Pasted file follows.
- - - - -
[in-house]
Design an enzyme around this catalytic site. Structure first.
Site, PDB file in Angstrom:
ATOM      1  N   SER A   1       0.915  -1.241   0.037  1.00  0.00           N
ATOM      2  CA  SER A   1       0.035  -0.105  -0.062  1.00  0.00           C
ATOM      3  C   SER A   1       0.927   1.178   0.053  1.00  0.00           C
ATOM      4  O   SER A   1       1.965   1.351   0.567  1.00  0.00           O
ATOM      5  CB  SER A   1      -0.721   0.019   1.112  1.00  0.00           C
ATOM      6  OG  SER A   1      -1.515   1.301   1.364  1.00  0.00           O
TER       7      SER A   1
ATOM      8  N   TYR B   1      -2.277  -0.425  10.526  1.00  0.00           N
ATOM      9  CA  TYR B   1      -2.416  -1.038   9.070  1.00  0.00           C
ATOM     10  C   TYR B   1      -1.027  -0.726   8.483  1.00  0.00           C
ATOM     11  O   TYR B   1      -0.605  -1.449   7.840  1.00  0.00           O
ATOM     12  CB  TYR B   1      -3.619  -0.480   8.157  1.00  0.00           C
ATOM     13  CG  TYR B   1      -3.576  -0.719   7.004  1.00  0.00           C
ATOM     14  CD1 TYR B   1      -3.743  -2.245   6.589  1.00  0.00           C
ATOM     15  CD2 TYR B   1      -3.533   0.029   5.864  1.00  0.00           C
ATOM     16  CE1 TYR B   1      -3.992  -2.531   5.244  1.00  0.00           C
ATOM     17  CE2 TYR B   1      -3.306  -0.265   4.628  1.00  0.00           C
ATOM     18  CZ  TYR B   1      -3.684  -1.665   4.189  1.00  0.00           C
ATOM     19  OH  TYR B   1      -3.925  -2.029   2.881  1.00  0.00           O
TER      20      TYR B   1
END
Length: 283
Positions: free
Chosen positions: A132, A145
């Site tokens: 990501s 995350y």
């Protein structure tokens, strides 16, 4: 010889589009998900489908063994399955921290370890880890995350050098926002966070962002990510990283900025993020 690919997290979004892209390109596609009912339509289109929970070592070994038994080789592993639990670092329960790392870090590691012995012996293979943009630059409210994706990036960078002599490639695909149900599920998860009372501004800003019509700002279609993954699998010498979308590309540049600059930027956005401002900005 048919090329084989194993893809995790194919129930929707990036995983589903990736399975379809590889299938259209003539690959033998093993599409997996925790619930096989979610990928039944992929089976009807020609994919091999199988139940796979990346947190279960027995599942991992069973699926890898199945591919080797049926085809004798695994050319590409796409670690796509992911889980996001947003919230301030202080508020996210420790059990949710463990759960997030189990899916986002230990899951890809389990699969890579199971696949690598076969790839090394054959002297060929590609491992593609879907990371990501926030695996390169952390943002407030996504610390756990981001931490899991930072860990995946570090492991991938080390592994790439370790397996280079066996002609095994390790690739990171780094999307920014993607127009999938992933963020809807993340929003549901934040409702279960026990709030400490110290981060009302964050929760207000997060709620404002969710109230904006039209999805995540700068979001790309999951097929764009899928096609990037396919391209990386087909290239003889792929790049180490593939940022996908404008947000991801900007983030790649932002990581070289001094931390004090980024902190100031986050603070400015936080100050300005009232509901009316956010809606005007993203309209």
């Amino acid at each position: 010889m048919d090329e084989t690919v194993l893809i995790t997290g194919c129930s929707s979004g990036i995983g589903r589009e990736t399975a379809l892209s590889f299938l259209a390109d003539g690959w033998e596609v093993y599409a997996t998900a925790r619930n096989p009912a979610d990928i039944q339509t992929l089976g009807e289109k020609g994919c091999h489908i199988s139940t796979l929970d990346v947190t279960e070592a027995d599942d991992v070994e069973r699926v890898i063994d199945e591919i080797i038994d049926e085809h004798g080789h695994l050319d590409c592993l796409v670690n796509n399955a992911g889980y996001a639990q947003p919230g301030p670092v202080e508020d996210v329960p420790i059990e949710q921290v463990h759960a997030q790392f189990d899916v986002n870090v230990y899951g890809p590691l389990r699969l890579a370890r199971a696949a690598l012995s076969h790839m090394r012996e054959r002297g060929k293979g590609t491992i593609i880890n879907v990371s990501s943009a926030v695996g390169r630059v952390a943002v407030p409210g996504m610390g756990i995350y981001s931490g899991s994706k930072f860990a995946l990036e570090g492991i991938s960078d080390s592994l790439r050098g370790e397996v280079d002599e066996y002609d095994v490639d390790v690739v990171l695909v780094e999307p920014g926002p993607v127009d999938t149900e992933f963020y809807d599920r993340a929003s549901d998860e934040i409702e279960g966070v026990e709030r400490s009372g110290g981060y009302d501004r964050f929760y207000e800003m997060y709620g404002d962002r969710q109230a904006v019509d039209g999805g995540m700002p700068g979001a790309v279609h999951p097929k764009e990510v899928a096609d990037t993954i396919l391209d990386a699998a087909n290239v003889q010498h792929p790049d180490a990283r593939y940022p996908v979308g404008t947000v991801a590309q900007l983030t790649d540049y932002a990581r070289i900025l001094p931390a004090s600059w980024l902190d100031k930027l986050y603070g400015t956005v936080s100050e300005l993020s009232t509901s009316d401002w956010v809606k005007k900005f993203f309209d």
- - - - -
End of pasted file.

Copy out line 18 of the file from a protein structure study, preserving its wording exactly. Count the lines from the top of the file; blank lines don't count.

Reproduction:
ATOM     15  CD2 TYR B   1      -3.533   0.029   5.864  1.00  0.00           C